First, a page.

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Diane Luckow

SFU News Editor
Simon Fraser University
Assistant Director, Internal Communications

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The successful applicants for the 2014 scholarships were Jordan Abel and Christina Coolidge

Each year, SFU selects two Aboriginal graduate students to receive Graduate Aboriginal Entrance Scholarships. The master’s degree, worth up to $30,000 over two years, and the PhD, worth up to $54,000 over three years, are both sponsored by the Office of the Vice-President, Academic. Candidates must have Aboriginal ancestry, a minimum grade point average of 3.5 (out of a possible 4.33), and have demonstrated outstanding achievement, with particular emphasis on intellectual ability, originality and ability in research. The successful applicants for the 2014 scholarships were Jordan Abel and Christina Coolidge. They are exploring different aspects of Aboriginal storytelling.

PhD student Jordan Abel is studying how decolonization is reflected in the works of contemporary Indigenous and non-Indigenous poets. Master’s student Christina Coolidge is researching the importance and value of including Indigenous teachings, through oral history and storytelling, within western academia.

Exploring the Poetics of Decolonization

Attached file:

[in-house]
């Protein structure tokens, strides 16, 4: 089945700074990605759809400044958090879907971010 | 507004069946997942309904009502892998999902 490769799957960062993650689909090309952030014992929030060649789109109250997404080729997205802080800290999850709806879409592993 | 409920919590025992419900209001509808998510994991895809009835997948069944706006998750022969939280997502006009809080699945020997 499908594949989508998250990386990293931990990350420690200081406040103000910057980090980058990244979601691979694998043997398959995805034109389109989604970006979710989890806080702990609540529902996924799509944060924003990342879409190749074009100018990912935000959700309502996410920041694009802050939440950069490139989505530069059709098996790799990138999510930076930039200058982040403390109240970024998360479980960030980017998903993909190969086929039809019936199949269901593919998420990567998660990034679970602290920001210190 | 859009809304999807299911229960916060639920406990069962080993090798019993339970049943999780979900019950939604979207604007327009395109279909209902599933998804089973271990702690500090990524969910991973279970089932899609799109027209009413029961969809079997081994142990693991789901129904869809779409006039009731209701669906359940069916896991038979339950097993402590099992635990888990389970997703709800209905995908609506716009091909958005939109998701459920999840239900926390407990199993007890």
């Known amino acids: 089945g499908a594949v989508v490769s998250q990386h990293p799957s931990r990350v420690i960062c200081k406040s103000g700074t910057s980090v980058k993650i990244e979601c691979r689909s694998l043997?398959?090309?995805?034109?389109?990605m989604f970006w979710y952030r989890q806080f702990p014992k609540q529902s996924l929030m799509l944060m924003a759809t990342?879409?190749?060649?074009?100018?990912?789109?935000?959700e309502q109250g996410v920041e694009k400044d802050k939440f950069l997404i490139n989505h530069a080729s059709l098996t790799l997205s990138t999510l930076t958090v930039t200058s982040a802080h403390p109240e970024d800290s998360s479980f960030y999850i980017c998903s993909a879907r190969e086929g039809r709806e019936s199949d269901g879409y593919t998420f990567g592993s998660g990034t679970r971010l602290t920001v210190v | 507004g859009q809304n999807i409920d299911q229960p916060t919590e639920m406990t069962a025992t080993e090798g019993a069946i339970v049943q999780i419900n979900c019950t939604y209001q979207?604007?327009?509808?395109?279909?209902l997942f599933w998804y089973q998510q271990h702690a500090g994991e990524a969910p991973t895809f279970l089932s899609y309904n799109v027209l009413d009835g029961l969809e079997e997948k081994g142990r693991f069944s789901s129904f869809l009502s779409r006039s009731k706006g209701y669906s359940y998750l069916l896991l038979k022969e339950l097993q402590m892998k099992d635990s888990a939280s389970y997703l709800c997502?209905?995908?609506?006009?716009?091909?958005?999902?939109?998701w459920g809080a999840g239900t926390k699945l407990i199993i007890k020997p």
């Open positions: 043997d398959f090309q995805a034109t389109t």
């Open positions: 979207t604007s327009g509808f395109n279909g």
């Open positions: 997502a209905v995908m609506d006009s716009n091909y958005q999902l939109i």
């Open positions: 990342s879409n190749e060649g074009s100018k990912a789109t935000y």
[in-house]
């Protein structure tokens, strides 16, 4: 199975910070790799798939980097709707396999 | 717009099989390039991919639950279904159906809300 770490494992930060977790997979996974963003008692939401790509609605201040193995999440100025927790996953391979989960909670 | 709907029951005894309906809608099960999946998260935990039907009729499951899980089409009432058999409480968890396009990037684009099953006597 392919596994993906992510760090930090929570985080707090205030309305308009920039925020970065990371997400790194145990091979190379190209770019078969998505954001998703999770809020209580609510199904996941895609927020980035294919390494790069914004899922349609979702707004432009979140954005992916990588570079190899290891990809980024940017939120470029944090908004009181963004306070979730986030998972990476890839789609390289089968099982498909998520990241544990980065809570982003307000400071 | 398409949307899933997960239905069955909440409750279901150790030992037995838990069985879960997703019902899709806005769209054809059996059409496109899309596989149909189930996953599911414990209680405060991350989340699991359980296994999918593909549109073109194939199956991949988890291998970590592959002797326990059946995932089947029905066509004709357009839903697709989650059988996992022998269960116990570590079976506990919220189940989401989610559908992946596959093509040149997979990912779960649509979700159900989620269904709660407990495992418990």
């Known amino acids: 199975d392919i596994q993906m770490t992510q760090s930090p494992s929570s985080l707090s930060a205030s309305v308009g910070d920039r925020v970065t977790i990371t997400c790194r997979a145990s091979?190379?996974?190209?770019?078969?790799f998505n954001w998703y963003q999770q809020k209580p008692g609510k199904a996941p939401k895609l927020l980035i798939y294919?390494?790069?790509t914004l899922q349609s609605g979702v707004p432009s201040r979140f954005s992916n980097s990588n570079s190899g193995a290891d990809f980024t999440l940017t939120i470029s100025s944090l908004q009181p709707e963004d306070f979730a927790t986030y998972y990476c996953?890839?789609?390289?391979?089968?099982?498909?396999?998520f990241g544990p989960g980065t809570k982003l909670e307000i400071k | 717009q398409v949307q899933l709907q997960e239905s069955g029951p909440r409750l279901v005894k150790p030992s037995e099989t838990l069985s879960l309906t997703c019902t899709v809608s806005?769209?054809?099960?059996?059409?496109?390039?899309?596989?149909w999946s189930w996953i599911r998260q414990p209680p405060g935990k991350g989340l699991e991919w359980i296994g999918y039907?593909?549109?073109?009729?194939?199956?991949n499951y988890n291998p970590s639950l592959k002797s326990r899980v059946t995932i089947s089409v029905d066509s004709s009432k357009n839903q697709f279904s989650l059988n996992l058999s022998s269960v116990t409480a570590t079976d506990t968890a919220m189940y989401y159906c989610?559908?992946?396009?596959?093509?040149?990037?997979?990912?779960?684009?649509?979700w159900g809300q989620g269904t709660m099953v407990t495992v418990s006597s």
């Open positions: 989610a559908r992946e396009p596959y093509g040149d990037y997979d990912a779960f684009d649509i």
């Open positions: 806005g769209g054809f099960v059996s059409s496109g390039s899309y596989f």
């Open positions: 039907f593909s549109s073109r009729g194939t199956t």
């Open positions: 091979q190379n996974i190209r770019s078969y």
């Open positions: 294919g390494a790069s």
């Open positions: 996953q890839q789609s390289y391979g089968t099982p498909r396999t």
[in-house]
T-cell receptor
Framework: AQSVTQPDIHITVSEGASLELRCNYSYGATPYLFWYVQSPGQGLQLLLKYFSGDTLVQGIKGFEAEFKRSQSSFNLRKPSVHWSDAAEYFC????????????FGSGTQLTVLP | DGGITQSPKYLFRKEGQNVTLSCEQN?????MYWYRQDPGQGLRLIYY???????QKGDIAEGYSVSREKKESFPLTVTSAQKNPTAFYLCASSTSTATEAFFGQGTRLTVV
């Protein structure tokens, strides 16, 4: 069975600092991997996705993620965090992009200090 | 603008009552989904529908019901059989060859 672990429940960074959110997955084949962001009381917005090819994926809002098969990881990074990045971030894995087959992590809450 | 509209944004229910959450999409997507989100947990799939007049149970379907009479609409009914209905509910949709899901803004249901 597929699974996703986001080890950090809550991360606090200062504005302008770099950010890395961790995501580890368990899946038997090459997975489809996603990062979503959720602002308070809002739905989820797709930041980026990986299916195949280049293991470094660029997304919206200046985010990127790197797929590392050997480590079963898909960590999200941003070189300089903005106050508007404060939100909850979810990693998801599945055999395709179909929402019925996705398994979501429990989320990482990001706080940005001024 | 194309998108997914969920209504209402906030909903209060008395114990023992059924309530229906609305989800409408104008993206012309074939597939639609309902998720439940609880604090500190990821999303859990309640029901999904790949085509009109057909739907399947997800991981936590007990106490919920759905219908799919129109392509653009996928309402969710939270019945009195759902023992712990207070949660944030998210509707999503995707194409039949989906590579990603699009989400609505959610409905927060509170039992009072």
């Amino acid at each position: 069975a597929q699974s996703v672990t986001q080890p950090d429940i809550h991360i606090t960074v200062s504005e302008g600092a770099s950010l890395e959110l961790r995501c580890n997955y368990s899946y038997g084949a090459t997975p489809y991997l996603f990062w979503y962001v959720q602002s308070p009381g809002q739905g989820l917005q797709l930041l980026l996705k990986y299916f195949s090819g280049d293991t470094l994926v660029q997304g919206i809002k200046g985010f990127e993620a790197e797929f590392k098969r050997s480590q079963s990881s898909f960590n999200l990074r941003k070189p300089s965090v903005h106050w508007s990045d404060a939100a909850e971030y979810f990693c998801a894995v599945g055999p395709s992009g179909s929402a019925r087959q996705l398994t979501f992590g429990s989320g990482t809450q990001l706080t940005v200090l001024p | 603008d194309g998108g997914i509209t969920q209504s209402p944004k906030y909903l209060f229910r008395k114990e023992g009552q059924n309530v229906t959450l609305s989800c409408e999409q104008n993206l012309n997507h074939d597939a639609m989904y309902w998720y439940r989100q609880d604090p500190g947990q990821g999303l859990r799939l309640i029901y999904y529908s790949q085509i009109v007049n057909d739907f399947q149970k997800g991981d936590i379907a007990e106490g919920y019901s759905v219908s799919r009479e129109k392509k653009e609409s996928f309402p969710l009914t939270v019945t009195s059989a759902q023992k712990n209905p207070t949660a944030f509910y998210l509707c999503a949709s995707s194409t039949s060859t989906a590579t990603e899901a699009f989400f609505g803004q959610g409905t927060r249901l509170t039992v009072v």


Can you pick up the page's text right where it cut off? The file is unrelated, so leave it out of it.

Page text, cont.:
Picture of Jordan Abel

PhD student Jordan Abel, of the Nisga’a Nation, is a prize-winning poet who is using his three-year $54,000 Graduate Aboriginal Entrance Scholarship to study the poetics of decolonization. “Decolonization is about recognizing that settler colonialism is a structure, not an event,” says Abel, “and that Indigenous people need to destabilize that ongoing structure of colonialism.”

Abel earned an MFA in Creative Writing from UBC but chose to pursue his PhD at SFU for the chance to study under English professors such as Stephen Collis, Sophie McCall, Jeff Derksen and Clint Burnham.As well, he says, “SFU is very welcoming to me as an Indigenous person. I really appreciate all of the resources I have access to now, such as the Indigenous Student Centre. It’s amazing.” For his PhD thesis he is studying how decolonization is reflected in the works of contemporary Indigenous and non-Indigenous poets. His interest in the topic is reflected in his own poetry.